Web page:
3.3. Fuel efficiency and eco-friendly features

Green Credentials: Both the Passport and the Pilot carry Honda's EcoAssist system and have standard Auto Stop-Start technology. EcoAssist is a Honda fuel efficiency technology that can help drivers get the most out of every liter of fuel. It is standard on the Touring trim of the Passport and on all trims of the Pilot and provides a pressable ECON button that calibrates the powertrain to operate more efficiently while enhancing fuel efficiency. The engine will respond differently to inputs on the throttle and the air conditioning system will have its output reduced. The Honda Info Center is an EcoAssist feature that allows drivers to view and learn how their driving habits affect the fuel consumption by displaying the fuel efficiency statistics. These technologies help drivers change their driving habits and conserve fuel while helping prevent fuel wastage by being unaware of vehicle fuel consumption. ECON mode also kicks in idle-stop technology quicker. Idle-stop is a feature that can shut off the engine when the vehicle is at a standstill at stoplights or in traffic and then start the engine automatically when the driver releases their foot from the brake pedal. This reduces unnecessary fuel consumption and emissions. Combined with the cylinder deactivation feature, it is an easy and painless way of saving fuel. Both vehicles are designed to excel in these features to set a new benchmark for the fuel efficiency of large SUVs.

Fuel Efficiency: Passport and Pilot are pretty close in competition when it comes to fuel efficiency. The Passport with FWD has the best EPA-estimated (20 city/25 highway/22 combined) fuel economy ratings of any midsize two-row SUV. The AWD Sport, EX-L, and Touring trims with a 9-speed automatic transmission have an EPA-estimated 19 city/24 highway/21 combined rating. The Pilot was designed to achieve excellent fuel economy ratings and still have superior driving performance. This was accomplished with a more powerful and efficient 3.5-liter i-VTEC V6 engine with Variable Cylinder Management (VCM) cylinder deactivation technology, which is standard on all trims.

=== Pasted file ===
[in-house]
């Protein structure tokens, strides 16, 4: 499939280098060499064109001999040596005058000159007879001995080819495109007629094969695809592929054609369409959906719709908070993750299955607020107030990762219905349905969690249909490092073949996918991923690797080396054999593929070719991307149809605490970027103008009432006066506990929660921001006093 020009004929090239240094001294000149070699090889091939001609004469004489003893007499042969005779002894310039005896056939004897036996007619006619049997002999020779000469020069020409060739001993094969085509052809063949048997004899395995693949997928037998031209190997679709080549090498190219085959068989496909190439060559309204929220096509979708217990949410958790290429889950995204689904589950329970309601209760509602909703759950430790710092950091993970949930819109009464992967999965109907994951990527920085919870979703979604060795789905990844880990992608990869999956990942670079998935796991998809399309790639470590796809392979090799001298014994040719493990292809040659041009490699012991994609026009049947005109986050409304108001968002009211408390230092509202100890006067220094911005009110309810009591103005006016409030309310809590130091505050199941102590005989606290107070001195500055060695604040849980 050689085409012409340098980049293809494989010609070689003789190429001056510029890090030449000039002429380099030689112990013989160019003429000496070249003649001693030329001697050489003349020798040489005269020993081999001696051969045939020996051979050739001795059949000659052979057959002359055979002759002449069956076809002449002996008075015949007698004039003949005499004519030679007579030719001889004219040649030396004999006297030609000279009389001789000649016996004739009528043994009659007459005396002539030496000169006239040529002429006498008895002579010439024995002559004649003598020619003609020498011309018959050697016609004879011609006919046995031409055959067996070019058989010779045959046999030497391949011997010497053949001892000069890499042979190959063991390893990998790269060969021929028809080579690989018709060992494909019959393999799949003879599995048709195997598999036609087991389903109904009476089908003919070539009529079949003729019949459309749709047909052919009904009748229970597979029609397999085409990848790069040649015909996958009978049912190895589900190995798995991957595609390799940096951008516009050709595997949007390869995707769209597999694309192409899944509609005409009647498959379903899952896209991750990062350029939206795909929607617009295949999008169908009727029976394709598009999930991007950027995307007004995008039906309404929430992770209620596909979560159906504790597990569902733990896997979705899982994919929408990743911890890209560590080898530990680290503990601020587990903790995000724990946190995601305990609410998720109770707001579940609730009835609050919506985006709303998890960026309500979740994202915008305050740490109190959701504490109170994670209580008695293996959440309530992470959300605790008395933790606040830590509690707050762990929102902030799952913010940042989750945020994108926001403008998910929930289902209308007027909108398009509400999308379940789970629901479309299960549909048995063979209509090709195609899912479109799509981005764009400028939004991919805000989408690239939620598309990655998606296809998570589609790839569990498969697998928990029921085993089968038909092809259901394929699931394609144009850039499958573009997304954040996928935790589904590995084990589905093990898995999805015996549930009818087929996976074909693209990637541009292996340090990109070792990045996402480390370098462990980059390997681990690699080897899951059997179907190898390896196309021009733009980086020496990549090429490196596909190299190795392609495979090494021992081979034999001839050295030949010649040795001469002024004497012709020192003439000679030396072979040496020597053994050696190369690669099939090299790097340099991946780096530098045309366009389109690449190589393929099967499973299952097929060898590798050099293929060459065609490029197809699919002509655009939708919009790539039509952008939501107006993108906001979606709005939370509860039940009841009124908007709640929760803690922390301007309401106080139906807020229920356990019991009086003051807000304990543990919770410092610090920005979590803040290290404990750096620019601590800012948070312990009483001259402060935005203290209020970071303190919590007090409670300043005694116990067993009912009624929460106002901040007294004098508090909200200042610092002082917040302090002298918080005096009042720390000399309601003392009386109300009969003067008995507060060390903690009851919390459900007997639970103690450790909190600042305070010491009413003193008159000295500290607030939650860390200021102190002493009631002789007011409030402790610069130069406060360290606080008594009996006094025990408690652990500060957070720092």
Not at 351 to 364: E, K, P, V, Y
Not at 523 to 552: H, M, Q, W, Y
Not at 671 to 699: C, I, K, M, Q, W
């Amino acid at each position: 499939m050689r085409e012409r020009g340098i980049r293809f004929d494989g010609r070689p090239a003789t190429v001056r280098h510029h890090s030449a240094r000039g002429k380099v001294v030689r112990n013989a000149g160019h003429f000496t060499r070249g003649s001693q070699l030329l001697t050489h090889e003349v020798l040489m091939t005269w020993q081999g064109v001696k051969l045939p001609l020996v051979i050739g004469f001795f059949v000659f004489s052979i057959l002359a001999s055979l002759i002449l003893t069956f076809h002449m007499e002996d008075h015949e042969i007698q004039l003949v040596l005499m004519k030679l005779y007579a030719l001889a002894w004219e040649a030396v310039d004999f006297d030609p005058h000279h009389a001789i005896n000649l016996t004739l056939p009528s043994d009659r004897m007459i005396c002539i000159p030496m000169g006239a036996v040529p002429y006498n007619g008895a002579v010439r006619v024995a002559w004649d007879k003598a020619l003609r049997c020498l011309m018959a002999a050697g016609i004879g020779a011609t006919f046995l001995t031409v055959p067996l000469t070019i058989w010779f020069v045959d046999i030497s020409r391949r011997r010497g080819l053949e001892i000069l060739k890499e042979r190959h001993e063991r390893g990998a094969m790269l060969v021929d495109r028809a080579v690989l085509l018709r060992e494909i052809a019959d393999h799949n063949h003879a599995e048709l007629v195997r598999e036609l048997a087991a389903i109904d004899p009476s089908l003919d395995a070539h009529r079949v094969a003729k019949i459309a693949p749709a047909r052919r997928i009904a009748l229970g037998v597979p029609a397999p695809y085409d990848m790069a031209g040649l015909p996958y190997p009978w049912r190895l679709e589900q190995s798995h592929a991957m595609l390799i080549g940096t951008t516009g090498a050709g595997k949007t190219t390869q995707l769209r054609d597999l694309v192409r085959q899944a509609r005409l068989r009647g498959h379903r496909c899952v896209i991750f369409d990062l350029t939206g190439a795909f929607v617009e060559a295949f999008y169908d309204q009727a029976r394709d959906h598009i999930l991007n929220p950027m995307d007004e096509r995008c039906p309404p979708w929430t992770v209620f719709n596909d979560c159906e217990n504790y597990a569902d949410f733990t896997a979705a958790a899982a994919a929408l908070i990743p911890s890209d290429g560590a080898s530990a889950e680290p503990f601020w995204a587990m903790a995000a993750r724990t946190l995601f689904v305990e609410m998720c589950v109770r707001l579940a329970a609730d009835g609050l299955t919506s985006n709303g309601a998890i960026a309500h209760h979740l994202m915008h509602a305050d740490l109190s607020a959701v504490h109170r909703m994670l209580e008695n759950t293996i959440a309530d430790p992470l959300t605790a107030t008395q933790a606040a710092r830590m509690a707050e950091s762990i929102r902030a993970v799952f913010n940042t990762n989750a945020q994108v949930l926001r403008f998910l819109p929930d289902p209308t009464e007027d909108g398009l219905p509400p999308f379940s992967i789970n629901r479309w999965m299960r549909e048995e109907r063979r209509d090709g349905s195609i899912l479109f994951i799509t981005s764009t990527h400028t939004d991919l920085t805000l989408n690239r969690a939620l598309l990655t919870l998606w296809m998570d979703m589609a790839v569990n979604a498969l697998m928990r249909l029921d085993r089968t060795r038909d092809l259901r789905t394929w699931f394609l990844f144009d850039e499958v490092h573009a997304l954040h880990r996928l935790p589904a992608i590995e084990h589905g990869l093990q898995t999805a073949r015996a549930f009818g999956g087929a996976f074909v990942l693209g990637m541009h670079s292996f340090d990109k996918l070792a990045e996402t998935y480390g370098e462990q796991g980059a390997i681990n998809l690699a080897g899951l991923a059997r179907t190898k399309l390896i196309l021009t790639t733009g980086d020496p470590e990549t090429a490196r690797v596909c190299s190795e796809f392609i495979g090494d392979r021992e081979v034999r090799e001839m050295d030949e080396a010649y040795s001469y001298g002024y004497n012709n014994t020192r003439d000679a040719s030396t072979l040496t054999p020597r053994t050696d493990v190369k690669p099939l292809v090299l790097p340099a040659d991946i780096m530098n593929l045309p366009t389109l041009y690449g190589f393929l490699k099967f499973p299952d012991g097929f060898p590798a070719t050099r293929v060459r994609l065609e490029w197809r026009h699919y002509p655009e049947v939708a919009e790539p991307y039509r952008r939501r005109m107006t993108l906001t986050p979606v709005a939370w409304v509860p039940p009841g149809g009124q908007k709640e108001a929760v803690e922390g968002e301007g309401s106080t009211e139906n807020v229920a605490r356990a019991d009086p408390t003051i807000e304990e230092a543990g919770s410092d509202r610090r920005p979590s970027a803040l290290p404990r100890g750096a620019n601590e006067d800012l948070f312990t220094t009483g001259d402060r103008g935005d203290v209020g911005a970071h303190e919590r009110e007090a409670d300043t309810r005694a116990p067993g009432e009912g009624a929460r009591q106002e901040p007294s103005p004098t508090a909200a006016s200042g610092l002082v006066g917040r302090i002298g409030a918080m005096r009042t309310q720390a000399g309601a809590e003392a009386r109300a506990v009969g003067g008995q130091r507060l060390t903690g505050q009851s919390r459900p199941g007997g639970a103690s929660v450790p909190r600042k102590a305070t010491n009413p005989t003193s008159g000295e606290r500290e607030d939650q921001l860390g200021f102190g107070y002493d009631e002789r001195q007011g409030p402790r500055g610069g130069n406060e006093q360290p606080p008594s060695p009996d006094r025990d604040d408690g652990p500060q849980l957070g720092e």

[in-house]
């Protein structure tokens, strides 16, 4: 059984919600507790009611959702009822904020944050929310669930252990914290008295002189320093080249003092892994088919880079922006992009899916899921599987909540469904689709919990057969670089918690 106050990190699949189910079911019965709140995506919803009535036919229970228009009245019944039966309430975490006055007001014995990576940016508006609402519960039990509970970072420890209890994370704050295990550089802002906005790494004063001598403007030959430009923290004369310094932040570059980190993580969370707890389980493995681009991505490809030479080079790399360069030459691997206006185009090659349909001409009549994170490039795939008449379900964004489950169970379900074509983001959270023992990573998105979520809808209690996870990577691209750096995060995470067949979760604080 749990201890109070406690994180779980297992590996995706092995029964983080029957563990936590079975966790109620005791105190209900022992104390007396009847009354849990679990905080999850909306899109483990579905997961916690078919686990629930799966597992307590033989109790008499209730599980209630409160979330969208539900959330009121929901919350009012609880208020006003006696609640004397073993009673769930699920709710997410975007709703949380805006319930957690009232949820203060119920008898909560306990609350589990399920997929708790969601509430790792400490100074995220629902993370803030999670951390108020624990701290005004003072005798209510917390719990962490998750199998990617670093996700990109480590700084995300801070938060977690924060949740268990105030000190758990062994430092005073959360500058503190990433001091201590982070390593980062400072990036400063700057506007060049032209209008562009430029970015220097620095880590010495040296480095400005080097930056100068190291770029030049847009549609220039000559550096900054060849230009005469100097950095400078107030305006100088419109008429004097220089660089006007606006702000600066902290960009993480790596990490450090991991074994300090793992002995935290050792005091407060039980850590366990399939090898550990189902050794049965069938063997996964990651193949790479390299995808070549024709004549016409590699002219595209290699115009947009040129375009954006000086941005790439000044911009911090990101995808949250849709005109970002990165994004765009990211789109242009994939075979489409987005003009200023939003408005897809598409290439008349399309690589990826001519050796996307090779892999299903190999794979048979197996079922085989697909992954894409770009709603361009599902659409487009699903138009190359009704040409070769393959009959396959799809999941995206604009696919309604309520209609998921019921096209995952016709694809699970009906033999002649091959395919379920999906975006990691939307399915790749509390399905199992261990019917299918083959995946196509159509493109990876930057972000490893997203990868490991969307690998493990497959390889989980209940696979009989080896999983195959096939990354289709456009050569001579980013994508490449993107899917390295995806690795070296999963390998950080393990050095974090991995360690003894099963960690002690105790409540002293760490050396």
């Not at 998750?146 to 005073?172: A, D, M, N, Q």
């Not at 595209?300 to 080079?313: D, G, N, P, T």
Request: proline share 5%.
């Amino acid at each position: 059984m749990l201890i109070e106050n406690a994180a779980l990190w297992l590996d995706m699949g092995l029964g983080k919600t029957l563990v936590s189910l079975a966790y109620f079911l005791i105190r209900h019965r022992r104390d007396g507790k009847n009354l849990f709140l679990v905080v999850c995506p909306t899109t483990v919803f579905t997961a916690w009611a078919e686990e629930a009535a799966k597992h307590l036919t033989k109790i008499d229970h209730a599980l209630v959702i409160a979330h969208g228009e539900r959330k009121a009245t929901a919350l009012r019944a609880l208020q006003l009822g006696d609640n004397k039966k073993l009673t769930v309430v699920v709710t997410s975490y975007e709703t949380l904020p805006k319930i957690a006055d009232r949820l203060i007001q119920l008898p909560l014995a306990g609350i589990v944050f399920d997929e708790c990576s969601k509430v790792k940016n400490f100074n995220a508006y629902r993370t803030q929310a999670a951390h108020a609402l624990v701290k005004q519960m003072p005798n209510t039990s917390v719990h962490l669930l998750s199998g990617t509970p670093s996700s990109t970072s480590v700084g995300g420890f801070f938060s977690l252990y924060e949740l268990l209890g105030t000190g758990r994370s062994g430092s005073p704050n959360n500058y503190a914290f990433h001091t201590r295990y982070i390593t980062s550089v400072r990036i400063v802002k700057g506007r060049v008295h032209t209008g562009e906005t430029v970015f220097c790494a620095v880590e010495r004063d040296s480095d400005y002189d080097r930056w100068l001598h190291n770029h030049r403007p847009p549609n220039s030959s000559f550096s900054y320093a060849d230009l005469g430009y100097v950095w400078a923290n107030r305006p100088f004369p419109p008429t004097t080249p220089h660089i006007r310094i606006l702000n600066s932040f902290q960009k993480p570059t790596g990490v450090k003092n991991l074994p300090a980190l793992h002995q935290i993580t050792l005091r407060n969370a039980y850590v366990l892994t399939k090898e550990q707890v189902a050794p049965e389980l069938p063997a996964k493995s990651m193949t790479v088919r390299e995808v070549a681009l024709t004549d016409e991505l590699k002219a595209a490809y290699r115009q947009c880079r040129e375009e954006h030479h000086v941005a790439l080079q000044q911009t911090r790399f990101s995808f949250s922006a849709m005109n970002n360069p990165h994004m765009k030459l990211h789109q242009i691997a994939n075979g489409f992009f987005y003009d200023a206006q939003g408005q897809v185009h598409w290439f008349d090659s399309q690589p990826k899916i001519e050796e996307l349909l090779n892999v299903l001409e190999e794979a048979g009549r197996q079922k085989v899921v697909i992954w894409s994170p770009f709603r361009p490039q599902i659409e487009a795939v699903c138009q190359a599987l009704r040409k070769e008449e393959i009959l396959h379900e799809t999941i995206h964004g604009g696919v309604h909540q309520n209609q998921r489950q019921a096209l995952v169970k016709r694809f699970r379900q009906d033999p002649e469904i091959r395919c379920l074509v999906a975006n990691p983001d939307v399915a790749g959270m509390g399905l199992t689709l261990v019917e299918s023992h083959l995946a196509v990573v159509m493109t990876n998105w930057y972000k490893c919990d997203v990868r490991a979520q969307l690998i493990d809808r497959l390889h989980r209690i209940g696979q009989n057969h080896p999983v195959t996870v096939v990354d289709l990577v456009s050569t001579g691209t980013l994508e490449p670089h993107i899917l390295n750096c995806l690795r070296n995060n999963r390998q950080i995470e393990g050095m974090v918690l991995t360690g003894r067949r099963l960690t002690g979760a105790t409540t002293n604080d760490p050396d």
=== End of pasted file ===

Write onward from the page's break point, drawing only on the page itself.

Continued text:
4. Safety and Convenience

The Passport and Pilot deliver refined and connected drive feel, with superior ride quality and confident handling with the increased application of Honda's second-generation Advanced Compatibility Engineering (ACE) body structure on both vehicles; and both models target top-in-class collision safety ratings.

Driver-assist technologies When you get into the Passport or Pilot, it's a getaway from the hustle and bustle. But even a weekend at the river or a quick trip to the store can turn hairy in traffic. That's why both vehicles come available with sophisticated new intelligent Variable Torque Management (i-VTM4) all-wheel-drive system and the Honda intelligent Traction Management system, providing up to improved all-weather traction and performance capabilities.

The Passport and Pilot also target top-in-class safety ratings and feature structural advancements and extensive passive safety features, including Honda's Advanced Compatibility Engineering (ACE) body structure for improved frontal collision protection.

Honda has always been dedicated to safety and the brand is towards the continuous improvement of the safety of their vehicles, for the peace of mind of consumers and their most precious cargo. Both the Passport and Pilot come standard with the Honda Sensing suite of advanced safety and driver-assistive technologies, designed to enhance situational awareness and, in some cases, help avoid a collision or lessen its severity. Honda Sensing features include: - Collision Mitigation Braking System (CMBS) - Road Departure Mitigation System (RDM) - Lane Keeping Assist System (LKAS) - Adaptive Cruise Control (ACC).